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Gear Guy

Q:

Are water-borne nasties only a problem in other countries?

I've been backpacking several times borrowing other people's equipment, but now I'm getting ready for a trip in the Adirondacks and need to get some more gear of my own. Is it true that viruses are primarily a problem in the water in other countries? What viruses are potentially problematic in the U.S., and what illness do they cause? Adina Syracuse, New York

SweetWater Purifier (courtesy, MSR)
Photo: courtesy, MSR

I've been backpacking several times borrowing other people's equipment, but now I'm getting ready for a trip in the Adirondacks and need to get some more gear of my own. Is it true that viruses are primarily a problem in the water in other countries? What viruses are potentially problematic in the U.S., and what illness do they cause? Adina Syracuse, New York

A: For years, the conventional wisdom in the United States was that while bacteria and organisms such as the giardiasis protozoa were a concern for backpackers, viruses such as the norovirus and hepatitis were not. Today, while viruses remain what is probably a low risk, it can't be said that there is no risk of contracting one from drinking backwoods water. And viruses can be nasty things. The norovirus—which has ruined many a cruise-ship vacation in recent years—causes severe diarrhea and vomiting that can last several days. Hepatitis is even worse; hepatitis B can kill you, although the more common hepatitis A usually corrects itself on its own after a few weeks.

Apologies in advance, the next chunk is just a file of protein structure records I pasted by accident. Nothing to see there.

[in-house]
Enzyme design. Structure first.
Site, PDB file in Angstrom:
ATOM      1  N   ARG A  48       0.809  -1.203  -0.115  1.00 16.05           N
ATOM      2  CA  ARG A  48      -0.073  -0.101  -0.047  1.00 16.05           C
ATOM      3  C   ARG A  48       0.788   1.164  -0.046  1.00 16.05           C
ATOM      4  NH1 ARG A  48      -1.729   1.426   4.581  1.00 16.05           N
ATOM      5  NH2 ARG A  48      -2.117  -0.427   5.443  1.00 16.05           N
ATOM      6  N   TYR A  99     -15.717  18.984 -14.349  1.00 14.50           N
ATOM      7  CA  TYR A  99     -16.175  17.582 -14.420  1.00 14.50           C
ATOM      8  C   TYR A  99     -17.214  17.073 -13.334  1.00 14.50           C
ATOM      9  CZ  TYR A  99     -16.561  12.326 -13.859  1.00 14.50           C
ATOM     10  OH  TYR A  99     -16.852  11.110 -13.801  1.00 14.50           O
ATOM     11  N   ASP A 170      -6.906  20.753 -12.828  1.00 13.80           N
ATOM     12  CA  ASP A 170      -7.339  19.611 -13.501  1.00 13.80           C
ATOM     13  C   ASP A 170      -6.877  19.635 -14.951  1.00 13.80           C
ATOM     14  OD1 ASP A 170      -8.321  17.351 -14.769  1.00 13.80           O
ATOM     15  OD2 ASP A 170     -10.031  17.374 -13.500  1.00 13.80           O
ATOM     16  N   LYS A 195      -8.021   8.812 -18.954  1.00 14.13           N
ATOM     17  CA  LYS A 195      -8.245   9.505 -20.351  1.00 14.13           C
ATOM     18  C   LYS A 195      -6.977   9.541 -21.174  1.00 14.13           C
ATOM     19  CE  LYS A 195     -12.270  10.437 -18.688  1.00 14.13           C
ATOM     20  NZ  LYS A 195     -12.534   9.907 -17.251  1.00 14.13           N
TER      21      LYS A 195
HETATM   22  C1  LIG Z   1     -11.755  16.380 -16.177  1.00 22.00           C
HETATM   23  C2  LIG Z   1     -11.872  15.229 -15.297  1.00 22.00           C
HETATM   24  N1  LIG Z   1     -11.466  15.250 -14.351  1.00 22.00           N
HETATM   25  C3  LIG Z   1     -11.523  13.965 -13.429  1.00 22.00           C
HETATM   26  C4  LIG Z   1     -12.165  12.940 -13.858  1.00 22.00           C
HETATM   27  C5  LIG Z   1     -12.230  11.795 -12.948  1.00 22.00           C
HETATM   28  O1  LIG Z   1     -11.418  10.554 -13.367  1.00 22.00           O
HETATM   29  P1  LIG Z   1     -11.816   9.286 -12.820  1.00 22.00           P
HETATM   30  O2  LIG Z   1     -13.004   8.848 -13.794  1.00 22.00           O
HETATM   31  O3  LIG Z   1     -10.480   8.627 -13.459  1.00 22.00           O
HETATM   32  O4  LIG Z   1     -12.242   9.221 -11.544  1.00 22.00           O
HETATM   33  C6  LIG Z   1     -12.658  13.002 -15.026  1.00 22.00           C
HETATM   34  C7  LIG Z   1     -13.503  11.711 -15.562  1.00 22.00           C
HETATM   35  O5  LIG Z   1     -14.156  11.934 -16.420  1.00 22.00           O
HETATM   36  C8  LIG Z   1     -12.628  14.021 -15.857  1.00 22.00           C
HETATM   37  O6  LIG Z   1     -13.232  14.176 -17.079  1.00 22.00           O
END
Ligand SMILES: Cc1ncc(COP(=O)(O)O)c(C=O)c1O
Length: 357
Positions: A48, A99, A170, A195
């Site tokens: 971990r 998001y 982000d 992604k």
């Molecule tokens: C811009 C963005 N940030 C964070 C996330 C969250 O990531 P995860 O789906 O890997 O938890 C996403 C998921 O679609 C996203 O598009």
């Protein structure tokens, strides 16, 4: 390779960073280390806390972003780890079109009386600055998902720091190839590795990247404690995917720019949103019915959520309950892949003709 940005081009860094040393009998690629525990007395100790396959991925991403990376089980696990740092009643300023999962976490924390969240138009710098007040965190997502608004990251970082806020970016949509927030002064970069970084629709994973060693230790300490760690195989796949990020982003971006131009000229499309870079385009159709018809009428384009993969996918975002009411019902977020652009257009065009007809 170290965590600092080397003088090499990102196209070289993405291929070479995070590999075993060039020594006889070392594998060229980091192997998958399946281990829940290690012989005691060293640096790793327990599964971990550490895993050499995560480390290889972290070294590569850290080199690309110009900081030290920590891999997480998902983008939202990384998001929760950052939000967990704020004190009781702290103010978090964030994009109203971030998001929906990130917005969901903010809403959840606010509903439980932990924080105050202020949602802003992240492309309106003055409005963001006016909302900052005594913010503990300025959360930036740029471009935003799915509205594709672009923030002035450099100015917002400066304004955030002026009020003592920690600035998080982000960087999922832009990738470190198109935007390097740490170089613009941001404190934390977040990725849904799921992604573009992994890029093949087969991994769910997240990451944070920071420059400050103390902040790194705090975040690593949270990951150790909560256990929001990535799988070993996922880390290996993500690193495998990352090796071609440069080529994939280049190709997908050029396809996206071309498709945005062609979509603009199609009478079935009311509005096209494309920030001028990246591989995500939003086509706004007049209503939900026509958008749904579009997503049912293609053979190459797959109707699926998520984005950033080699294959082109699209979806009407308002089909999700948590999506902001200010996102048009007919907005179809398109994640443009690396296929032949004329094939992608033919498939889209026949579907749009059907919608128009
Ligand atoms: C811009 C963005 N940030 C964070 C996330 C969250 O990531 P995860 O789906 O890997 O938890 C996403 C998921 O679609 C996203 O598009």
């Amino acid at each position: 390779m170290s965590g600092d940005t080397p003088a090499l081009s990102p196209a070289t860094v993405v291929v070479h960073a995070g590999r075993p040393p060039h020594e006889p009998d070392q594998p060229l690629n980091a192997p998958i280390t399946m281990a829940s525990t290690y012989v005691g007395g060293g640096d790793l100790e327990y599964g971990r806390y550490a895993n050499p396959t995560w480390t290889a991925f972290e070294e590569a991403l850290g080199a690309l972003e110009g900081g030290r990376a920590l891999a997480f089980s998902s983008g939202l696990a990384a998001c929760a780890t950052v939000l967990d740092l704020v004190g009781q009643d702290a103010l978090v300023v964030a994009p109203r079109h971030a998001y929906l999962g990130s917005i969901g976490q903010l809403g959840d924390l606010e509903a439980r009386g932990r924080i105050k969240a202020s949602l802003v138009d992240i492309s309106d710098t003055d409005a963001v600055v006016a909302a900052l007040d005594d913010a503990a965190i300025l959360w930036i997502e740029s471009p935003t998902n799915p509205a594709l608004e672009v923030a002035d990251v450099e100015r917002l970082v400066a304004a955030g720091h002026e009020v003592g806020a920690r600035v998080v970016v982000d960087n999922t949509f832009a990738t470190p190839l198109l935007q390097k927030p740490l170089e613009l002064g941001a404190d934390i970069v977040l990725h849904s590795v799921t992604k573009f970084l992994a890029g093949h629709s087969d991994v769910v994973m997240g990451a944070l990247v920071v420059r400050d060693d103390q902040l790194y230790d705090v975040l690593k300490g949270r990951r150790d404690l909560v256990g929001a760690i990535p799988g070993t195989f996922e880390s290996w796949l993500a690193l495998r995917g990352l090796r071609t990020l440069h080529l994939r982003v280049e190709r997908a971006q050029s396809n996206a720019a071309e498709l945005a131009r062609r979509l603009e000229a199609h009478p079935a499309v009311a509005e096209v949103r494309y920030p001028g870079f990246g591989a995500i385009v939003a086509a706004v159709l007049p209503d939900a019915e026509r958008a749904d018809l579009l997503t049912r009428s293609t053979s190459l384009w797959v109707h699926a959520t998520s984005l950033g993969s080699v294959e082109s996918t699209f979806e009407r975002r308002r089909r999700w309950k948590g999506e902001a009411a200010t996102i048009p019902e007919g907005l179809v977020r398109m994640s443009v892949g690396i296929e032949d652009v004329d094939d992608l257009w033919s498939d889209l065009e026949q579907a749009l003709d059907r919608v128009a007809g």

SweetWater Purifier

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So, what to do? Always filter water, of course. Beyond that, my policy is to consider its source. The closer I am to where the water got its start—a glacier, a snowfield, a spring—the less concerned I am about viruses. I don't think the Adirondacks area poses a particular risk, but its high usage by humans might warrant caution. If you are concerned, then it's prudent to treat the water with a virus-killing agent such as SweetWater Purifier ($9; www.msrcorp.com), a chlorine-based agent that kills just about anything that wiggles... in your water, that is.

Otherwise, you might want to consider one of Katadyn's filtration pumps, albeit a little more costly and bulky, but able to deliver quick, potable water on the go. The 11-ounce Katadyn Hiker ($60; www.katadyn.com) is a compact system that delivers about a liter a minute without too much effort—great if you're in a group or don't fancy the aftertaste of some of the chemical treatments.

Get more water-filtration advice in Outside's 2004 Buyer's Guide.

Filed To: Filters and Purifiers